Don't forget that you can stop at anytime.
Just because a treatment is available, does not mean you must pursue it. Furthermore, if a treatment is having too many side effects, or you change your mind about moving forward, you can stop. Veterinary cancer specialists value quality of life as a priority for treatment in animals. No one, including your medical team, wants the treatment to be worse than the disease! If you decide to stop a particular treatment, communicate your thoughts to your medical team. Make sure to inquire about alternatives. Weigh your choices and make the best decision you can with the information you have.
Get support from others who understand the emotional, financial and time impact involved with a cancer diagnosis.
Until you've been down this road, it's difficult to appreciate the impact a diagnosis of a pet's cancer can have on your emotional, financial and time resources. Be realistic about your financial resources. Cancer treatment can be expensive and time consuming. People who do not have pets often have a difficult time understanding. Seek out others who have had experience with this journey. Support groups are available and veterinary cancer referral centers often have the names and phone numbers of clients who have pets that were diagnosed with a similar cancer. Many of these owners are willing to share their experience with you. This may help you make decisions for your own companion. It is also helpful to know that you are not alone.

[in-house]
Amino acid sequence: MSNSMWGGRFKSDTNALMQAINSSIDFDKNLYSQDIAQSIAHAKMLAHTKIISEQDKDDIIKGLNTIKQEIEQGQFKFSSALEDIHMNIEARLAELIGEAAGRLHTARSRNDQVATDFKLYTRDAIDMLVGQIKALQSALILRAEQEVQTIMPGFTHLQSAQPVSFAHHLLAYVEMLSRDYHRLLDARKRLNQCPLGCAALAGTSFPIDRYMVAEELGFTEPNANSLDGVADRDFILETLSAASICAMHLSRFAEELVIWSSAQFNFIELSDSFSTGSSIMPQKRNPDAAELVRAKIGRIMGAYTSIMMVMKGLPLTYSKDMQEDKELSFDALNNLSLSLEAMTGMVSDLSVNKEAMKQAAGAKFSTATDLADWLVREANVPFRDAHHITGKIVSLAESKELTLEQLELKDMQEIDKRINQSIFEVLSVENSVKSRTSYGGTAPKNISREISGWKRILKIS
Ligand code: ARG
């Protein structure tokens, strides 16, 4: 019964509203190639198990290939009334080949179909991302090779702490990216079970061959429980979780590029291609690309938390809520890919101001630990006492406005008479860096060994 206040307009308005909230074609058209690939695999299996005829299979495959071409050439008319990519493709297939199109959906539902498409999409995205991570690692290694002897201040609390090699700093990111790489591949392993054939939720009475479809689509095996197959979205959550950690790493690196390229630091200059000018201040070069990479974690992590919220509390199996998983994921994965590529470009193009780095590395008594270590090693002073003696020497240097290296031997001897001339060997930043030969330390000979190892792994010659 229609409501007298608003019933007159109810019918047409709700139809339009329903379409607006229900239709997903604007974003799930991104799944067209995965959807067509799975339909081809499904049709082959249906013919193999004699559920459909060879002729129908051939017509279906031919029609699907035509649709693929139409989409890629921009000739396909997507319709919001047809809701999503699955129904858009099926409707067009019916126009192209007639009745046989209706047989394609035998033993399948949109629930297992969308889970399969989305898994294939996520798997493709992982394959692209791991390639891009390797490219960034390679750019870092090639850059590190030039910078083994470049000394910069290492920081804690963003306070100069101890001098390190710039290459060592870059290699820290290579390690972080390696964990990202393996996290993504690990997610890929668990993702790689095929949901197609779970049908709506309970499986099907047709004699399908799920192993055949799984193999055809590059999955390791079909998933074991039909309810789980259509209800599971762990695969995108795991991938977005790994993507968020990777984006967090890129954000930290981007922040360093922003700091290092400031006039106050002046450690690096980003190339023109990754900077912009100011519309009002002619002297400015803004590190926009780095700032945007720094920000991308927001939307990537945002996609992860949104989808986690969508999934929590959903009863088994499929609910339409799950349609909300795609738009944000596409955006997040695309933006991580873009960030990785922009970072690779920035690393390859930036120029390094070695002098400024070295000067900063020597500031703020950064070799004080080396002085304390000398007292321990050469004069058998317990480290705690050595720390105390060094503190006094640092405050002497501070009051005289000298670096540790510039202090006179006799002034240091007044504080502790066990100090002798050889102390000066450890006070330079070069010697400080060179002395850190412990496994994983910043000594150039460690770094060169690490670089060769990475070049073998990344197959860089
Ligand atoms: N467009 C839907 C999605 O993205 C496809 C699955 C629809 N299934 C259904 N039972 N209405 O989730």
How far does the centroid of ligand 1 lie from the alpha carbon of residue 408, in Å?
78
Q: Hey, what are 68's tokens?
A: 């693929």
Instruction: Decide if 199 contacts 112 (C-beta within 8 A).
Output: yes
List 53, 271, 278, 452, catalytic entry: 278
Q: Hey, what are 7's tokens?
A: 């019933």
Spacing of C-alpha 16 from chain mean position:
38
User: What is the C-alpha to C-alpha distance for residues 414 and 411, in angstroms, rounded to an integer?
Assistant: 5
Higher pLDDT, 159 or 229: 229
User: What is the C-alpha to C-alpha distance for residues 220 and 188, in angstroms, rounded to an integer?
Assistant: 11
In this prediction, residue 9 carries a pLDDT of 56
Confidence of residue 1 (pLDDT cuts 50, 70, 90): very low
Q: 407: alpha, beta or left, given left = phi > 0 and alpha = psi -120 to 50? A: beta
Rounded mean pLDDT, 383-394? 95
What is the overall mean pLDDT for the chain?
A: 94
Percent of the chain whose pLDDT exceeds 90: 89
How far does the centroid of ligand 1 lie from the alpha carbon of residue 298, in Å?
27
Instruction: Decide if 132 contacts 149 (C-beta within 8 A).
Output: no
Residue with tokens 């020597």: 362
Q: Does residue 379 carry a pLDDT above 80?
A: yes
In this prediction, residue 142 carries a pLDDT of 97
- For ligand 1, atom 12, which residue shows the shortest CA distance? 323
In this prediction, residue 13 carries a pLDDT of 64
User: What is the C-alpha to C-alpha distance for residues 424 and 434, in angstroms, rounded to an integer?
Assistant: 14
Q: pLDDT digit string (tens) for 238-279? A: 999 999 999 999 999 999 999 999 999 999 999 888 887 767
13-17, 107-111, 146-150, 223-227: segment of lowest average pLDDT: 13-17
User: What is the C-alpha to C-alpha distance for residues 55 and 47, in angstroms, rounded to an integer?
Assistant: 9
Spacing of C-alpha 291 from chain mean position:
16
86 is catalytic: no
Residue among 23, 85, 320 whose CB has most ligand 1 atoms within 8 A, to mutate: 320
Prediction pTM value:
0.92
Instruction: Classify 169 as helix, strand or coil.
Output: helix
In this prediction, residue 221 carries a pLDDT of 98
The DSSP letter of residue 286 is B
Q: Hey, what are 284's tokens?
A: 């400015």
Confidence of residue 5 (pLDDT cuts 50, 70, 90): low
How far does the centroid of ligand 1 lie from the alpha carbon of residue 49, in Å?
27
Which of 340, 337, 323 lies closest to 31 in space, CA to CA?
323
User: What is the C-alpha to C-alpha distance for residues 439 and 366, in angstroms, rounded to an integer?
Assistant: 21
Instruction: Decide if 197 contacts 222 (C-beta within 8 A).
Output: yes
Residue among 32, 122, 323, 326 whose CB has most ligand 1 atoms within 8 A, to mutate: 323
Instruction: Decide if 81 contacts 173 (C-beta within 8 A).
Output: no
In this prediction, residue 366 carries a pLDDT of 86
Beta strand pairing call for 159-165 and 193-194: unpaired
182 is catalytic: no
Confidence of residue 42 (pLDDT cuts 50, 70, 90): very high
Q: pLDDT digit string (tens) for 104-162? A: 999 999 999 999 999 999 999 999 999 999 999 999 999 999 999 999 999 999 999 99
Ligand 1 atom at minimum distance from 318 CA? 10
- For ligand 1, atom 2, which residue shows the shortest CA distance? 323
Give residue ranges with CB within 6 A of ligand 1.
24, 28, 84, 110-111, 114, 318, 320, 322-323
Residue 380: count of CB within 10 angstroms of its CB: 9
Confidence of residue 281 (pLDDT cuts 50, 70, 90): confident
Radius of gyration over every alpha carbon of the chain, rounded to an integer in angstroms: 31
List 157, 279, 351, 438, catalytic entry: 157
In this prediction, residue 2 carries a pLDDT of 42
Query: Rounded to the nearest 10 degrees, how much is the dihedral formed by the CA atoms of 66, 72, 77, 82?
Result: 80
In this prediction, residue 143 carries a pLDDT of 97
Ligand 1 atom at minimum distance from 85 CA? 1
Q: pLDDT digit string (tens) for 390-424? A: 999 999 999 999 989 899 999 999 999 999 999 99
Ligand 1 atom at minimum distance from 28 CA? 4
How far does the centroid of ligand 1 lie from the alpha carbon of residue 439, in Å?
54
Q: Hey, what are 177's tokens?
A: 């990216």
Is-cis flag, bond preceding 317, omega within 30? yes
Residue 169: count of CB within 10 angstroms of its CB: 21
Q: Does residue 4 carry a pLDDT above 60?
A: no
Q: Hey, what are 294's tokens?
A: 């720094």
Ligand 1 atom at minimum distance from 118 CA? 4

Be your pet's advocate.
Your companion needs an advocate throughout the decision process and treatment of cancer. You know your dog or cat's personality, habits, emotions and behavior better than anyone else. Of all the people caring for your pet, you are the person in the best position to speak for him or her. A good veterinary medical team will respect your opinions and wishes. Be sure to discuss these with them so that both you and they are clear about your concerns and goals.
Animals can sense their owners' feelings and respond in behavior and emotions to those of their owners. Stay focused on the pet, not the cancer. You will find that when you remain positive, your pet's general sense of well-being and happiness will be positively affected too.